Jimi Hendrix learned the hard way that signing contracts for fast money can come back to haunt you. Hendrix’ naiveté forced him to settle a breach-of-contract dispute with Ed Chalpin of PPX Industries by providing him a new album. Accepting the help of Wilson Picket/Electric Flag drummer Buddy Miles and his bass-playing Army pal Billy Cox, the Band of Gypsys was also an opportunity to appease members of the Black Power movement who accused Hendrix of cozying up to white audiences. Thus, the first high-profile black-rock power trio was born.
Produced by Janie Hendrix, Eddie Kramer, and John McDermott, the live album here was mixed from the original 8-track tapes by Kramer, and mastered by Bernie Grundman. While Hendrix aficionados own the 1970 album Band of Gypsys and 1999’s Live At The Fillmore East, Machine Gun features the band’s first performance in its entirety.
The trio performed four shows between December 31, 1969 and January 1, 1970 at the Fillmore East. Songs from the third and fourth shows appear on Band of Gypsys. “Hear My Train A Comin’,” “Changes,” and “Izabella” are the only songs from the first show to have been “officially” released, appearing on Live At The Fillmore East. They are included on this album with the rest of the set; Machine Gun marks the first time the complete first show has been officially available.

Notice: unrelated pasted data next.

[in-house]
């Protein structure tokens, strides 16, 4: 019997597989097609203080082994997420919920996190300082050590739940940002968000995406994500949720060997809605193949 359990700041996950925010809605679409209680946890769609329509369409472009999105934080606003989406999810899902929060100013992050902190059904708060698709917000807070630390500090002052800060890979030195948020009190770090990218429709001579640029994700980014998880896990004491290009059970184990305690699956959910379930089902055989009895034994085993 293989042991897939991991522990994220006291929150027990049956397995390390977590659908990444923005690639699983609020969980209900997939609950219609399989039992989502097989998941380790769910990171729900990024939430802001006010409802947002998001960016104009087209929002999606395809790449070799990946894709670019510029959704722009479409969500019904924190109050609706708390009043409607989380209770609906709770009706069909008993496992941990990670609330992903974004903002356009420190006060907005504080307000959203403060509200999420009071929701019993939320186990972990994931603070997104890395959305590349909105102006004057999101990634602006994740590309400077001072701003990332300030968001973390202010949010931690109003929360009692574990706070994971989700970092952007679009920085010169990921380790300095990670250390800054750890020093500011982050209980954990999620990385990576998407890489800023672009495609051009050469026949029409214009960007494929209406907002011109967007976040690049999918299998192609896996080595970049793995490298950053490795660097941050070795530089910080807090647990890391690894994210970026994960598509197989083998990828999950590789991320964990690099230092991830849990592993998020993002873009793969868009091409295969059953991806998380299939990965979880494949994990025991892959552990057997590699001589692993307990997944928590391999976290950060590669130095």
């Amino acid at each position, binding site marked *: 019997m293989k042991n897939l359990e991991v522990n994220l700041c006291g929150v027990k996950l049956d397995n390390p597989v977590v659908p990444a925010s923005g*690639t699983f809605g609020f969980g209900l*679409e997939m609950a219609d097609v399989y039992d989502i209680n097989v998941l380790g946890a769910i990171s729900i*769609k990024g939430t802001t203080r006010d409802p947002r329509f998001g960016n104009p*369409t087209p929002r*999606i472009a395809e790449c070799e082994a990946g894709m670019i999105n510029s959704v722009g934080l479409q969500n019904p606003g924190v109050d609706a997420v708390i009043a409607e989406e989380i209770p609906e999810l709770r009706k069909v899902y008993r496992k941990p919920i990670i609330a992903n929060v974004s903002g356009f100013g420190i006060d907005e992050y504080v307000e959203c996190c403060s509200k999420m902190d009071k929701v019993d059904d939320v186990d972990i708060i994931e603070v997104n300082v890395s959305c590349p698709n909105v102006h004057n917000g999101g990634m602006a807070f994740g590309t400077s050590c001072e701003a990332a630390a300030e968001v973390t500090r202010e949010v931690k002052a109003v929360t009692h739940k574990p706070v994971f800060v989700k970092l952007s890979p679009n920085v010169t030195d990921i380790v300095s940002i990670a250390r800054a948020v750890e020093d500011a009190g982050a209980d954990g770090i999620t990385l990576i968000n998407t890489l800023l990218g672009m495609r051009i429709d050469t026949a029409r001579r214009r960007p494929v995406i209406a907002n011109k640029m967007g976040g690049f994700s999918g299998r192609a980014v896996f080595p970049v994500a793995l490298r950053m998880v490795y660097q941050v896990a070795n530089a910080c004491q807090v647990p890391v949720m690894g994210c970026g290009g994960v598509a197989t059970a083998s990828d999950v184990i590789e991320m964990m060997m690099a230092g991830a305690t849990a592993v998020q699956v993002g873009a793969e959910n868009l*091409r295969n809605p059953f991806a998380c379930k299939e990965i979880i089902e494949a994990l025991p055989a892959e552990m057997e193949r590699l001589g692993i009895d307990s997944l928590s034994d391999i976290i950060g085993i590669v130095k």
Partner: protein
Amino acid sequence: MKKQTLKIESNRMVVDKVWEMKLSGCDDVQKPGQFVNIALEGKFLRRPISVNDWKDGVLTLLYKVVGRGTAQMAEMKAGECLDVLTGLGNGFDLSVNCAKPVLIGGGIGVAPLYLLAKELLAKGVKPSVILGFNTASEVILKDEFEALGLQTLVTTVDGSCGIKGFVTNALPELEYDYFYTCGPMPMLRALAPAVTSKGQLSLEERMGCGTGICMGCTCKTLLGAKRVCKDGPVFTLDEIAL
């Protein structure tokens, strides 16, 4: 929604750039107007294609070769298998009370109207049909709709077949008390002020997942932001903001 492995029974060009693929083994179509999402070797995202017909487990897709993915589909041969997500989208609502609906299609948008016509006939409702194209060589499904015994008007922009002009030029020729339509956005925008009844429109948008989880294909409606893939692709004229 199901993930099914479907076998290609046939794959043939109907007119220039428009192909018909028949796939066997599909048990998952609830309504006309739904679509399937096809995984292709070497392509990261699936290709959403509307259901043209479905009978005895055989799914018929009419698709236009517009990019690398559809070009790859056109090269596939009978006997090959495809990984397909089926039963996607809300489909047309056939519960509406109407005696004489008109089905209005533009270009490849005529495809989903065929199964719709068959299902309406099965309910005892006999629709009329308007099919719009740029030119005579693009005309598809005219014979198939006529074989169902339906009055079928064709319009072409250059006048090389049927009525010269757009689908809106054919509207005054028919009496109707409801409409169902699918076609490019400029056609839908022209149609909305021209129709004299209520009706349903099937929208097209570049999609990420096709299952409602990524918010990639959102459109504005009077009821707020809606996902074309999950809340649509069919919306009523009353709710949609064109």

This album is continuity, flow, and the escalation of power within 11 songs. The band overcomes minor hiccups beginning with “Power Of Soul,” to synchronistic Zen by “Hear My Train A Comin’.” The blues unifies, catapulting the band into an intense synthesis of aggressive drumming, deep bass, and maximum strength Chitlin’ Circuit rock guitar.
The trio is rehearsed, but not etched in granite. Hendrix never played the same way twice, and the band obliges. “Machine Gun” finally in its unedited form, paints the Vietnam War in Technicolor and Univibe. On the lesser-known R&B cover “Stop,” the band goes places their contemporaries would fear to tread. The close vocal harmonies, elastic blues bending, and the beautiful audacity of Miles is sublime.
Machine Gun is issued on CD, two-LP 180-gram vinyl, high-resolution SACD, and digitally.
The Band of Gypsys never had the commercial appeal of the Experience, but that fleeting moment in time was enough to inspire a generation of Hendrix fans to understand that with the power of soul, anything is possible.
This article originally appeared in VG‘s February ’17 issue. All copyrights are by the author and Vintage Guitar magazine. Unauthorized replication or use is strictly prohibited.